The integration of new technologies is reshaping how work functions within organizations, an evolution that’s been ongoing for ages. Essentially, there are two significant changes: enhancing workers’ capabilities to perform tasks more effectively or efficiently (augmentation), and the replacement of tasks or even workers through automation or robotics. These changes not only directly impact staff duties but also necessitate alterations in the organization’s operational structure.

Historically, a distinction existed between factory and office work, or between blue and white-collar workers. The advent of new machines and robots rendered many factory workers redundant, with these technologies able to accomplish more work in less time. Simultaneously, office work expanded to sustain and manage these machines and robots. A robot capable of working 24/7 requires continuous material input and energy to function. The logistics of sourcing raw materials, procurement, transportation, storage, and navigating international imports fall under office work. Managing rules, regulations, and bureaucracy largely involves data transfer and information sharing.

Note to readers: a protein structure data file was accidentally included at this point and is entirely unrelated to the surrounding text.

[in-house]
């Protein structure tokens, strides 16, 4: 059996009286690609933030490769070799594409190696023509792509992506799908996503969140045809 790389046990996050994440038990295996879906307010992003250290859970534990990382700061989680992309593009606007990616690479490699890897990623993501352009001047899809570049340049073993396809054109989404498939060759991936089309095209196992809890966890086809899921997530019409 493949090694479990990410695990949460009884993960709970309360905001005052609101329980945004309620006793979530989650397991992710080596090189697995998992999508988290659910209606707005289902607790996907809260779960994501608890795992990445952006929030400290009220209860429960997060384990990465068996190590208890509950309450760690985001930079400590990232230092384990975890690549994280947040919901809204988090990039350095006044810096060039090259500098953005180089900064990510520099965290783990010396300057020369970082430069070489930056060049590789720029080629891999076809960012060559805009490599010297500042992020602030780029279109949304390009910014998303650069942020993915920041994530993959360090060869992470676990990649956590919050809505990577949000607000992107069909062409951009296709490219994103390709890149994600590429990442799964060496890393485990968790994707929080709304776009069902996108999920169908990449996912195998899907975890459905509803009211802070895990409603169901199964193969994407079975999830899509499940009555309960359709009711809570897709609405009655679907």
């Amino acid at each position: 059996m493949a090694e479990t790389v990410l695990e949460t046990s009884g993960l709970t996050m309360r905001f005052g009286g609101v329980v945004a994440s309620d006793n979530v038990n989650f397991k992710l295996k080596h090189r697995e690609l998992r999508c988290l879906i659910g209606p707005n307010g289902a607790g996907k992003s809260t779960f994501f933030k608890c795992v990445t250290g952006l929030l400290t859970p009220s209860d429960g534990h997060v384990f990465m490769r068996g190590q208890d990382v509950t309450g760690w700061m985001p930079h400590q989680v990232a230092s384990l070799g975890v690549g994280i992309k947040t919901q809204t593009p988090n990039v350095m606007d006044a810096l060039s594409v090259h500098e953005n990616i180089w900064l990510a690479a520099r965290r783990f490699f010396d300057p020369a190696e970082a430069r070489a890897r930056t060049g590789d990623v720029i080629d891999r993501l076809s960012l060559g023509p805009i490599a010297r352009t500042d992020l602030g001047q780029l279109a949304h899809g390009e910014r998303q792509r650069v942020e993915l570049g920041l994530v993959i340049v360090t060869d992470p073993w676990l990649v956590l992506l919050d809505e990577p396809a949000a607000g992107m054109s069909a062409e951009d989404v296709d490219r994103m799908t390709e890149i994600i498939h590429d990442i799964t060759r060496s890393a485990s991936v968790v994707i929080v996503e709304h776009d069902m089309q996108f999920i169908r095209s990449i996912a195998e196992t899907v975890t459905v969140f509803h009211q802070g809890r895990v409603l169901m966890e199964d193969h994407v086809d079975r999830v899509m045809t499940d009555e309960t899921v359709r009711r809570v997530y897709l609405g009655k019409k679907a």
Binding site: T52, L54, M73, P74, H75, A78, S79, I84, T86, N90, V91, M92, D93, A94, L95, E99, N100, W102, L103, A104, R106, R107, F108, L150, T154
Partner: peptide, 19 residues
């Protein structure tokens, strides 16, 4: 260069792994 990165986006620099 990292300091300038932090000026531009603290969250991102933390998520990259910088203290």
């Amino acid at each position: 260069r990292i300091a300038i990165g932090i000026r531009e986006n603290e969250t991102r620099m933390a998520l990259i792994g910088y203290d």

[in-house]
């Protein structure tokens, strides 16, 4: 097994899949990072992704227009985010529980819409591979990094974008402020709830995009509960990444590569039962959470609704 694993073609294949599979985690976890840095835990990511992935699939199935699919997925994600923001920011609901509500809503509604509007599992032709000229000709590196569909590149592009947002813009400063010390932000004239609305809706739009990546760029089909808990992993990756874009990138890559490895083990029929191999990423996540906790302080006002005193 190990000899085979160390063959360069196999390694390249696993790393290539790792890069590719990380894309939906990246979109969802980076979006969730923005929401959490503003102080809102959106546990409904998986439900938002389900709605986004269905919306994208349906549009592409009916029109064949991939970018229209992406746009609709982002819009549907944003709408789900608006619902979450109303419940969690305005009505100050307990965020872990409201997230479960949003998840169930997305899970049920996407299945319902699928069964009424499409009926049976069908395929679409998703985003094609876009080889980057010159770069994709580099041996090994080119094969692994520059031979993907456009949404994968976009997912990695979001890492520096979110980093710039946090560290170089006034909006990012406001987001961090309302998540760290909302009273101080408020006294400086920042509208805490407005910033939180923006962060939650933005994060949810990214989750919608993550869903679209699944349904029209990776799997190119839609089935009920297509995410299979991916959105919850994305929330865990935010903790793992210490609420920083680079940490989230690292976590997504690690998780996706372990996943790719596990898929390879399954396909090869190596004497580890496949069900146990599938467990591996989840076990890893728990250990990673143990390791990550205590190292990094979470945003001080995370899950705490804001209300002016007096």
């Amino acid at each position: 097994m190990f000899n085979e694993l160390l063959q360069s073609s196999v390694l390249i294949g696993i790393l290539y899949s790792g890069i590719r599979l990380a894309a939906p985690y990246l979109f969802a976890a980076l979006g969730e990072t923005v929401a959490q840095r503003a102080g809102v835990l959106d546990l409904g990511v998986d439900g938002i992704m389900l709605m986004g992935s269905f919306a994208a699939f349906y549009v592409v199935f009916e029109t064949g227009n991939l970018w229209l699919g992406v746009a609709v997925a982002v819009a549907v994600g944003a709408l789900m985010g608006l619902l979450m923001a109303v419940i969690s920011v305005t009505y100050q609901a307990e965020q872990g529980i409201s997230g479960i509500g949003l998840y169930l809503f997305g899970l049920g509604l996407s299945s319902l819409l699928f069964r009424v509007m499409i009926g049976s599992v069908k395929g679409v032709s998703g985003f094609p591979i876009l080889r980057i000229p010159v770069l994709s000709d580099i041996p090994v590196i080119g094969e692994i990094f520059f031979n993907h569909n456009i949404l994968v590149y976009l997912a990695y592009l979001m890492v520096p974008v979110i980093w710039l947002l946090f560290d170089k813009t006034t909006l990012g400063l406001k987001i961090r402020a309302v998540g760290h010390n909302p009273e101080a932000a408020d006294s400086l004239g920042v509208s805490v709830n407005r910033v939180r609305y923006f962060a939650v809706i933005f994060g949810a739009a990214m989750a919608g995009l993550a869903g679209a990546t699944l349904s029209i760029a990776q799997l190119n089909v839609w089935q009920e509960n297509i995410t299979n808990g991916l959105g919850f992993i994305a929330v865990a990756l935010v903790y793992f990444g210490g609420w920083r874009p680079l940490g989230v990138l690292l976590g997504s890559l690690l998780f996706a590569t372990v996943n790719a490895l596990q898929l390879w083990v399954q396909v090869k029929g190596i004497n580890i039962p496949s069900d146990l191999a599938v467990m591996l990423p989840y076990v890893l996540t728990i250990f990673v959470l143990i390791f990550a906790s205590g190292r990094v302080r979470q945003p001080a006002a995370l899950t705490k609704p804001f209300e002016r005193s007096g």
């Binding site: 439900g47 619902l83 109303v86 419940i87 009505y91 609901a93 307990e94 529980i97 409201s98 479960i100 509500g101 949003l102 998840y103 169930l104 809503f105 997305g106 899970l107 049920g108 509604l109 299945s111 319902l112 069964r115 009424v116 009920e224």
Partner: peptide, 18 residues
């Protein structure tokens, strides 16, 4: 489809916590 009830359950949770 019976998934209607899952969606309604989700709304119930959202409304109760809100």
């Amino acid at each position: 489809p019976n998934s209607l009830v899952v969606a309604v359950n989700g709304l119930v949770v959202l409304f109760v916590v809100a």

Emerging technologies such as algorithms, machine learning, and artificial intelligence streamline bureaucratic processes and office work associated with logistics. While hurdles in information flow persist, there are growing solutions to mitigate these obstacles, notably interface issues between systems requiring manual data entry. Despite abundant information availability, many forms still exist to gather data redundantly for the next process step. Fortunately, solutions addressing interface and information transfer problems are now available.

The challenge, often faced by most organizations, lies in addressing existing workplace cultures and behaviors. Many roles involve transferring information between systems and processes, although their titles might suggest more significant responsibilities like management. Workers handling tasks that might become obsolete play pivotal roles in discussions around automation and process changes. Organizations resist change when traditional structures persist due to tradition or fear of losing status.

The future of office work hinges on the ongoing conflict between traditional information flow concepts and attitudes and the novel opportunities presented by information technology. Adapting to this evolving landscape necessitates overcoming entrenched mindsets, embracing change, and leveraging technology’s transformative potential.